Saturday afternoon matinees, Brownies, Cubs, (and later, Girl Guides and Boy Scouts), ballet classes, piano lessons, cowboys and Indians in the backyard; my brother and his mates firing arrows at and lynching my dolls on branches of an orange tree; on the sidelines, me, in tears, yelling helplessly; building tree houses and cubby houses, running bare-footed and carefree filled those years.
Sing-a-longs around our piano; Nana relating tales of the “olden days”; window-shopping on Saturday evenings as we strutted in tune to the Scottish Pipe Band, their kilts swaying while they expertly played and marched through the main street to the Town Gates; burning our fingers on hot potato chips, and battered potato scallops wrapped in newspaper from Nick’s Café. The highlight was discovering that one elusive chip hidden in the wrapping, after all others had been devoured!
Weekends spent at Tin Can Bay where our mother went fishing and mud-crabbing, while Nana, my brother, Graham and I collected oysters off the rocks, filling large glass bottles with the delicious delicacies as we waded through the water played an important role in our childhood. Feasting at night on our catches by the dim light of hurricane lamps was not unusual. The places we stayed in during those weekends weren’t flash; they had no electricity. Their outer walls were made from either galvanized iron or fibro…in some cases, both. Outside, in the unkempt yard, 44-gallon drums filled with cow manure burned to keep the mosquitoes and sand flies at bay, at Tin Can Bay.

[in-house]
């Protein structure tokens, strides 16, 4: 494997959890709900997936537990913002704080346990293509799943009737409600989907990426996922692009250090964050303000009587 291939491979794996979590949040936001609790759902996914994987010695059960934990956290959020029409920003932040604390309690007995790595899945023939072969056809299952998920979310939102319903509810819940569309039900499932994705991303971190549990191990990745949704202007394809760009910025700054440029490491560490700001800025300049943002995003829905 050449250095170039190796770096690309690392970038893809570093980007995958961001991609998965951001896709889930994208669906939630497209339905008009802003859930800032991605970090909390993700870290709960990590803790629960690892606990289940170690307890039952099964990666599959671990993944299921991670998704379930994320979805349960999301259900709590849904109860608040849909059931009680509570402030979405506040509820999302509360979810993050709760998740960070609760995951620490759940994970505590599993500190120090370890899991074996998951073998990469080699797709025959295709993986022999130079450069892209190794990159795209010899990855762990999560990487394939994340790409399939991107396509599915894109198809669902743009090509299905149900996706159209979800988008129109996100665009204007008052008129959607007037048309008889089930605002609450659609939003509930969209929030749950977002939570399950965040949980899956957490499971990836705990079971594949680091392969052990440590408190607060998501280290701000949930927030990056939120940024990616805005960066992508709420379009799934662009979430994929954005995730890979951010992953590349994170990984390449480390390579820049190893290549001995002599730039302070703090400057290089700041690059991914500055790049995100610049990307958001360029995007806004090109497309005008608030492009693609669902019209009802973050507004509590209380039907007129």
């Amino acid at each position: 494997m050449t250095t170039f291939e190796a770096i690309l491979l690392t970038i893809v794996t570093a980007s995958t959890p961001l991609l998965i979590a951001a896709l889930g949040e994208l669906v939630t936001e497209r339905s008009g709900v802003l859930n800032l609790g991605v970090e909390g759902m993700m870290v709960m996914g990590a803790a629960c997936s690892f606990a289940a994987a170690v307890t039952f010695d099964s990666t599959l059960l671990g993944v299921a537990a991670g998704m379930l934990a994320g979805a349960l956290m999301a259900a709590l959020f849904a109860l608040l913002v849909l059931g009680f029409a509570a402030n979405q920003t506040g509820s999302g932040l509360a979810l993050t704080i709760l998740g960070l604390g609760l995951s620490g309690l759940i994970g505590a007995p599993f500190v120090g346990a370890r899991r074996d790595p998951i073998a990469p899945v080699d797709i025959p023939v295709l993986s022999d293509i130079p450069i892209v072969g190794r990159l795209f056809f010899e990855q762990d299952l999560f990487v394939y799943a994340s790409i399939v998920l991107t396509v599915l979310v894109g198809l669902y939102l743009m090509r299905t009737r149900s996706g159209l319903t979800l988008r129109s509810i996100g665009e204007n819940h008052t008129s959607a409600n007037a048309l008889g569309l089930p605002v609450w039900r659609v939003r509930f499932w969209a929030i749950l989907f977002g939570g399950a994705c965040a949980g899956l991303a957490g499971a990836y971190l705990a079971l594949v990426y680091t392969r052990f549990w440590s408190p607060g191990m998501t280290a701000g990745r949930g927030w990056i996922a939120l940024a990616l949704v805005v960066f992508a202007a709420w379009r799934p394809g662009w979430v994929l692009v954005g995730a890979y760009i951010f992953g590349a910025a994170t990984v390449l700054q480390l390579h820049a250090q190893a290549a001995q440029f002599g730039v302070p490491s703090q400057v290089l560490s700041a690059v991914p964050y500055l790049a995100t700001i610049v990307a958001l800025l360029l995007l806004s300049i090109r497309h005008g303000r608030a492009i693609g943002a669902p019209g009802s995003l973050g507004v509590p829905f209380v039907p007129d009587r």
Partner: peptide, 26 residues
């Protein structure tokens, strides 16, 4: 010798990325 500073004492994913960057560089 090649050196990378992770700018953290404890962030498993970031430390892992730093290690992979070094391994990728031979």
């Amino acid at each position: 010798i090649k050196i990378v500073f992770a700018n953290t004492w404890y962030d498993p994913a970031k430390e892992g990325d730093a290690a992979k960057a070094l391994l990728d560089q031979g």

Mum and Nana never had a car. We took a bus to and from The Bay.
Simple pleasures...simple days...but not simple minds....
Curried Mushrooms: Slice 100g field mushrooms, 1 green capsicum and 1 onion. Place in a bowl; add salt, 1tsp curry powder, 1/4tsp turmeric and 1/4tsp chilli powder. Mix well. Heat oil in pan; add mushroom mix; stir-fry 10mins. If the curry is too dry, add 60ml coconut milk just prior to serving.
Mushroom Lasagne: In large pan heat oil; sauté finely-chopped onion until soft. Add 3-1/2c sliced mushrooms; add 3-1/2c canned, drained, chopped tomatoes and chopped parsley; cook covered, 40mins; add a little wine if sauce is too dry; season. Cook lasagna sheets al dente. Grease deep oven-proof dish; toss freshly-toasted breadcrumbs into dish to coat base and sides. Discard surplus. In bowl combine 225g ricotta and 1 can mushroom soup; add some grated parmesan cheese. Place layer of pasta over base and up sides of oven dish. Spoon in 1/3rd of the sauce; cover with layer of ham slices; sprinkle over grated mozzarella, the ricotta/soup blend and thinly-sliced hard-boiled eggs. Cover with layer of pasta; continue layering as above until last layer is mozzarella. Fold over the top any exposed pasta from the sides. Sprinkle with parmesan; bake 30mins.
Chilled Lobbies: Stick cloves into 2 small, peeled onions; In large pot, combine onions, water, white wine, 2 cinnamon sticks, pickling spice, salt, pepper and 5 garlic cloves. Heat to boiling; reduce heat to low; simmer 20mins. Add 30-40 fresh lobbies/marron; bring to boiling; cook 5mins. Bring to room temperature in liquid; drain, chill until ready to serve.
Lobbie Entrée: Sauté 1 diced onion in 3tbls butter; add lobby flesh; cook 3mins; stir in 2tbls flour; cook gently 2mins; pour in 1c fish stock; stir until mixture boils and thickens; Add 1c sour cream; add 1/2c grated cheese; remove from heat; season; pour into 4 individual ramekins. Mix 1/2c coarsely crumbled cheese crackers and 1/4c melted butter. Sprinkle over dishes; bake 20mins at 180C.